Designed At Home Of Rolls-Royce By Automaker’s Bespoke Team
With 2012, the Year of the Dragon, approaching, we’re already seeing some luxury brands preparing special limited-edition models and collections with the China market (and Chinese wallets) in mind. Piaget was perhaps the first major brand to move in that direction, recently unveiling its upcoming “Phoenix and Dragon” Altiplano Double Jeu collection, of which the watchmaker will sell eight, priced at 2.4 million yuan (US$376,000), and this week Rolls-Royce announced its own Year of the Dragon Collection. Designed at the Home of Rolls-Royce by the automaker’s bespoke team, the collection has, in the words of the company itself, “been created to celebrate the ultimate symbol of power, prosperity and good fortune.”
Considering the over-the-top, somewhat clumsy nature of most China-only collections created by major international luxury brands, Rolls-Royce’s Year of the Dragon collection is surprisingly understated, if anything. One of the only features actually visible on the exterior are two forward-facing dragons hand-painted dragons on the side of each Phantom or Phantom Extended Wheelbase. In the interior, though, dragon iconography proliferates, from hand-embroidered, four-color (tan, golden sand, black and white) accents hand-embroidered on each headrest to a hand-laid dragon inlay in the passenger panel and special tread-plates with “Year of the Dragon 2012” illuminated by LED lighting. Reflecting a good dose of insight into the buying habits of wealthy Chinese, Rolls-Royce is offering buyers a choice between modern or traditional marquetry, either of which is laser-cut at the Home of Rolls-Royce and hand-assembled.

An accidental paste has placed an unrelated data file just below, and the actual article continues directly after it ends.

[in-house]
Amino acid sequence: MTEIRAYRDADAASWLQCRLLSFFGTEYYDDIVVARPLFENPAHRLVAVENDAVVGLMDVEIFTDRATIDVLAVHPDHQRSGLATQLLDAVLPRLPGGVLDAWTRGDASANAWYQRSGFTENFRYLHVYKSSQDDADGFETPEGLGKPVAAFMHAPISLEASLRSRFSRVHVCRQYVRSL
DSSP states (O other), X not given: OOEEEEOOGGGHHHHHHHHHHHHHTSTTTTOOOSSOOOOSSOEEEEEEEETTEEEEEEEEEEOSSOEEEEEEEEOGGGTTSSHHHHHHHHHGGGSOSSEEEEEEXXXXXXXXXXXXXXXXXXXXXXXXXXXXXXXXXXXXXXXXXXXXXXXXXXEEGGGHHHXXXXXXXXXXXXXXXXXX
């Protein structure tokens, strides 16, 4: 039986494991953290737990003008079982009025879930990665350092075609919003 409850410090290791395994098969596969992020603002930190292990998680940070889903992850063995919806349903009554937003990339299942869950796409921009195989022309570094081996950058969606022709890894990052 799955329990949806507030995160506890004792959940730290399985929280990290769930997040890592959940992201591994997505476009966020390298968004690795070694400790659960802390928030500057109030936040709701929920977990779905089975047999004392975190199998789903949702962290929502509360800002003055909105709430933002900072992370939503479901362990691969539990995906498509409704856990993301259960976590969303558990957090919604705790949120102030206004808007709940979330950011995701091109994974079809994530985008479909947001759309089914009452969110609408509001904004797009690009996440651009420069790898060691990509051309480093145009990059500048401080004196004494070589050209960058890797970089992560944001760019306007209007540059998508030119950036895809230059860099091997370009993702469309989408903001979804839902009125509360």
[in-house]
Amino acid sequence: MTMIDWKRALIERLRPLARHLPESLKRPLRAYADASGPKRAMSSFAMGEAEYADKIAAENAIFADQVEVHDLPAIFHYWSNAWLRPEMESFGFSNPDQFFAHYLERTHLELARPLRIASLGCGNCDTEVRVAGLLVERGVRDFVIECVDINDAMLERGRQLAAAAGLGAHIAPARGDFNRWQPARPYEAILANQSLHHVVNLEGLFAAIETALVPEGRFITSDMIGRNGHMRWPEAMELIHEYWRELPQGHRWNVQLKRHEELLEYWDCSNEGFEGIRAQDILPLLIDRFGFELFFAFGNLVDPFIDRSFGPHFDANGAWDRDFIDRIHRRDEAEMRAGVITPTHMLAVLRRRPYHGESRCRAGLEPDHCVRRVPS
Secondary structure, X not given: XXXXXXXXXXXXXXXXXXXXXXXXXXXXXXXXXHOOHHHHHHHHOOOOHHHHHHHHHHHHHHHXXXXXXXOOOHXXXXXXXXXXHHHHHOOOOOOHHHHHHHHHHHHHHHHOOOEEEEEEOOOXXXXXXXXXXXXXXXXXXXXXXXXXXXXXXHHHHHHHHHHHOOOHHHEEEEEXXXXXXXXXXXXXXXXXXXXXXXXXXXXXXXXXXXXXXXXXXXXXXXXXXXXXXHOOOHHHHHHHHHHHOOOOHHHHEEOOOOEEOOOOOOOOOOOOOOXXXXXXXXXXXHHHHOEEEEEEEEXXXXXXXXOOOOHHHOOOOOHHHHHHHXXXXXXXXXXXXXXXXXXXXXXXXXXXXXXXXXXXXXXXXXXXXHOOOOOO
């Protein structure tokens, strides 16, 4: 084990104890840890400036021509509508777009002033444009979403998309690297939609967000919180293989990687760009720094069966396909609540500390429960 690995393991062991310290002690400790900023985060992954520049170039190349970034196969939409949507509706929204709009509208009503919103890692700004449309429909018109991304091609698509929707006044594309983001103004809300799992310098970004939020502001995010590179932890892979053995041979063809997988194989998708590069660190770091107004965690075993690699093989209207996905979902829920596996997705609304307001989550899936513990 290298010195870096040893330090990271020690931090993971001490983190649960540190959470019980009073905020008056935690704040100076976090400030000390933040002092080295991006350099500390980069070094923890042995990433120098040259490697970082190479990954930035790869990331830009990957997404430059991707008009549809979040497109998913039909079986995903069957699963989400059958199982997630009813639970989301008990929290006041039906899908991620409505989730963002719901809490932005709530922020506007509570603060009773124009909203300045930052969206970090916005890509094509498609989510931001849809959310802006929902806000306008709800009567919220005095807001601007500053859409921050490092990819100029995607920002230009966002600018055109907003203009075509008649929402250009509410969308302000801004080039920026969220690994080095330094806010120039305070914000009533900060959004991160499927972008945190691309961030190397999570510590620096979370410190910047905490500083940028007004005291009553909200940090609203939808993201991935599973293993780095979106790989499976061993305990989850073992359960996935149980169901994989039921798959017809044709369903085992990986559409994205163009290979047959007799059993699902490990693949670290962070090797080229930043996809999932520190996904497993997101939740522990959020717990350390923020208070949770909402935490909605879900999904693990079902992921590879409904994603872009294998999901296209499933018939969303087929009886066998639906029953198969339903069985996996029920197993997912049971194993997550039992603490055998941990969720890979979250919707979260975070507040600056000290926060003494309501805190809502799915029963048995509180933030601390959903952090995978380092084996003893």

Still, with most of these features contained within the car’s interior, behind tinted windows, they’re far less showy than, say, a golden dragon inlaid into a diamond-encrusted wristwatch.
While Rolls-Royce certainly isn’t hurting for sales in China — the country is the British automaker’s second-largest global market after the U.S., and Rolls-Royce China sales surged over 170 percent last year — it seems that even successful brands feel it necessary to continue creating China-only special editions. While not all are as bold as these recent creations by Piaget, Rolls-Royce and others, it seems that, for the time being at least, collections that some would say “cater” to Chinese consumers and others would say “pander” to them look like they’re here to stay.
Expect to see major luxury brands pump out many more dragon-festooned watches, wine bottles, cars, handbags and clothing collections this fall. Though it’s not as if we haven’t seen them plaster dragons all over their products before. All we can say is, hopefully these Year of the Dragon collections are better than the disappointing Year of the Rabbit editions we saw earlier this year from not-quite-luxury brands like Smart, Nike and Adidas.